I am officially unemployed. The laptop returned, the final, courteous conversations had and the last visit to the office completed. With those simple actions – it’s done.
I had a couple weeks to process my lay off and it still didn’t make today’s actions any easier. I woke up this morning with a strong sense of dread and avoidance. Those feelings only increased as I got in the car to drive to the office. I sat in the driver’s seat and a flood of emotions came through. Anger, betrayal, shame, disappointment, on and on.
This lay off has made me confront the level of escapism I’ve used over the years through my job and accomplishments. I would pour hour after hour, late night after late night, into achieving things. If you run fast – challenge accepted – I’ll run faster. If you fix an issue – challenge accepted – I’ll fix the bigger/messier version. Why? Because escaping and burying myself in work and obligation felt great. It was an addiction, a numbing, and allowed me to avoid other areas of my life specifically self care and emotions.
I worked around the clock, raised my hand to take on new projects, built teams, cared for a family and climbed the ladder. There was nothing I couldn’t do – I was “leaning in” as far I could go in every aspect of my life. All the balls stayed in the air and I kept tossing them higher and higher.
In hindsight, I should have slowed down – taken a beat and dropped some of those balls I was juggling but I couldn’t. I didn’t know how to be any other way. Even after my son got sick and even when my body said ENOUGH and granted me a month long migraine, compromising my vision and putting me out of work – I came back swinging. Wanting to work, needing to excel, and making excuses for my behavior in order to avoid feeling. I became extremely skilled at running away and silencing the nagging voice in the back of my head telling me to stop.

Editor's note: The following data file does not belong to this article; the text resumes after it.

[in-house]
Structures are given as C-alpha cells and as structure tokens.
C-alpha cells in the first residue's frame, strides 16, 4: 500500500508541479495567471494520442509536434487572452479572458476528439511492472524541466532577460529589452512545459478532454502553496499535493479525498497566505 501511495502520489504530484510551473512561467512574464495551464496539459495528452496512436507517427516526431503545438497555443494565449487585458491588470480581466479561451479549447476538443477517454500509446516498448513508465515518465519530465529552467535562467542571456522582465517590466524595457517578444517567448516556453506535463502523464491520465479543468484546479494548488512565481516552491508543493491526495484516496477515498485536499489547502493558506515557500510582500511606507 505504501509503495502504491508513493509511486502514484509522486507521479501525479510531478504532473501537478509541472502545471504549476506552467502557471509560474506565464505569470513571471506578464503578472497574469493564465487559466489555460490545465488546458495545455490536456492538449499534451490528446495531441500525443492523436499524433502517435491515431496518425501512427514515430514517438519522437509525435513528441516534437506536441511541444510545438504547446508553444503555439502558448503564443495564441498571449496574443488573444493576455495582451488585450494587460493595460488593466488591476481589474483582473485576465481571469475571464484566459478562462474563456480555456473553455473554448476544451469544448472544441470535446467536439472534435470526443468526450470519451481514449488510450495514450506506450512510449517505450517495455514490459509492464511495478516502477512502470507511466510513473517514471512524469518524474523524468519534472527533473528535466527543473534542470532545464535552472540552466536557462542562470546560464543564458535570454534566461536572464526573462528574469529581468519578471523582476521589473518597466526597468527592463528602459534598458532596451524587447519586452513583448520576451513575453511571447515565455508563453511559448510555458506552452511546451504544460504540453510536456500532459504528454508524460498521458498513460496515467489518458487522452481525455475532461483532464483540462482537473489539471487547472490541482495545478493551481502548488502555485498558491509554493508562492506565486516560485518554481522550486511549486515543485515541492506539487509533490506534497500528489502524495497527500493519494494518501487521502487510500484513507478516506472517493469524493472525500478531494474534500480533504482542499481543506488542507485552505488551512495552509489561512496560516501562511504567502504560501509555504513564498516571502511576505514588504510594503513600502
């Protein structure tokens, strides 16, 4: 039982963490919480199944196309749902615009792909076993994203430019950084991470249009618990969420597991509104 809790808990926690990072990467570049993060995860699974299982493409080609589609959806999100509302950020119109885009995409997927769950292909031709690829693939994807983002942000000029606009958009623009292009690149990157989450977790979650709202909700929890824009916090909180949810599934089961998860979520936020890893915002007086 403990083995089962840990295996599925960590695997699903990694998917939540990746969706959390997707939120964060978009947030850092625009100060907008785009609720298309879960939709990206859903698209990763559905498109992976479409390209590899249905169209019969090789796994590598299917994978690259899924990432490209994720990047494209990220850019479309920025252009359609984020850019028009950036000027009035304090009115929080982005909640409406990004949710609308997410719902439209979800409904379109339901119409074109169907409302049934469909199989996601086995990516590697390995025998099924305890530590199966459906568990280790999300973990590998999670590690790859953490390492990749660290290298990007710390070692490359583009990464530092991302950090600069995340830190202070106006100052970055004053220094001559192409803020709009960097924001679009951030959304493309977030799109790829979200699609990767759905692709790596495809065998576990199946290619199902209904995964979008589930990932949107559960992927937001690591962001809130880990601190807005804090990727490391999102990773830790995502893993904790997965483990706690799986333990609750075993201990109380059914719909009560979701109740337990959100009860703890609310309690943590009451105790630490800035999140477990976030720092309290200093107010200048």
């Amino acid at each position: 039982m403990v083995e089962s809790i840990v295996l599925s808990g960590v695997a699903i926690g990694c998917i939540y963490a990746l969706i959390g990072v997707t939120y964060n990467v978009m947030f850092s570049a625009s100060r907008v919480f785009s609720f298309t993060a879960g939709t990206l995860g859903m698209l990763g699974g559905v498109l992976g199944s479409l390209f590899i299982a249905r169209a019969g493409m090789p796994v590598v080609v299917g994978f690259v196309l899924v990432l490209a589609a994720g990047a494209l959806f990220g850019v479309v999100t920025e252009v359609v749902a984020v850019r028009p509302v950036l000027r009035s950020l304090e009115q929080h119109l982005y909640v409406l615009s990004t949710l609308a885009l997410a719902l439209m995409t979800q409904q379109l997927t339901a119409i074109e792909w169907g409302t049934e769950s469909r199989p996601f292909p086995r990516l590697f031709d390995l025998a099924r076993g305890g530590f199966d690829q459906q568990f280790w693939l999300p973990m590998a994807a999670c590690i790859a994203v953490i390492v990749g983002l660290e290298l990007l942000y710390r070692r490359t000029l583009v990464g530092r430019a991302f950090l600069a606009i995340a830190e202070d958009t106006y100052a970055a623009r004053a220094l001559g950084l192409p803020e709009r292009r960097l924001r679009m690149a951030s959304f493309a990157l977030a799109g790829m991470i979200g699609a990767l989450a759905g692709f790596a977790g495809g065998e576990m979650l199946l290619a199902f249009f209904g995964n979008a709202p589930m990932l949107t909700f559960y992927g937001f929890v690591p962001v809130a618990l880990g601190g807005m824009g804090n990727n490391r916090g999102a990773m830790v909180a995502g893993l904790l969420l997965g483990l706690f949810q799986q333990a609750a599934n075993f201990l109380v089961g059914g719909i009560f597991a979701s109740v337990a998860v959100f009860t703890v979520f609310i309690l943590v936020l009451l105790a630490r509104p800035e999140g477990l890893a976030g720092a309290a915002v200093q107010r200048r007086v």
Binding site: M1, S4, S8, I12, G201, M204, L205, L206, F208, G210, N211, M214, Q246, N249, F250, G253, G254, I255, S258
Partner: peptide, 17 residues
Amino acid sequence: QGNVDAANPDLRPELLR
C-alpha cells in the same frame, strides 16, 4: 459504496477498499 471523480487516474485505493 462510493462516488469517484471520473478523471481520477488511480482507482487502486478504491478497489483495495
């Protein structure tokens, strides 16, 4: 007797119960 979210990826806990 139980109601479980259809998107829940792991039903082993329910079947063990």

So what changed? I mentioned in my last blog entry that I over the past 6 months, I was finally met with such a barrage of things that were out of my control that I had no choice but to concede. But I think there was more to it. The voice in my head got louder and the message started to change. Once I conceded, there was no need for the message to tell me to stop. Instead -the message said be still and reflect. Slow to a halt so you can really hear yourself. You cannot outrun every thought and emotion inside of you. I decided to listen.
This message reminded me of the “no-thingness” card in The Transcendental Game of Zen ( a tarot deck). It’s the card pictured above and it comes with a powerful meaning. It may seem daunting when it appears but its purpose is to advise you to “treasure each empty moment of the experience. [That] something sacred is about to be born.”
As I sat in my car – working up the courage to deal with the actions of today – I reflected back to that card. I listened to the new voice in my head that assured me that the anger, betrayal, shame, and disappointment were my ego throwing a temper tantrum. It had every right to tantrum and my job (as its keeper) was to let it run out of steam. At that point, I made a conscious decision to close the door on this chapter of my life, this coping mechanism and this way of being. I decided to embrace the “no-thingness” and see what amazing thing can be born of it.
Now, don’t get me wrong. I know there will be days ahead where this contemplation period will feel so uncomfortable that I will want to crawl out of my own skin, revert back to my old ways. It would be so easy. So familiar. But where would that leave me? Where would that leave my family and what example would that set for my children? So I need to fight for my calm. That may sound contradictory but it’s the truth. Fight for the time to just be and let something be born. Fight for the uncomfortable stillness and healing. Fight for my new self.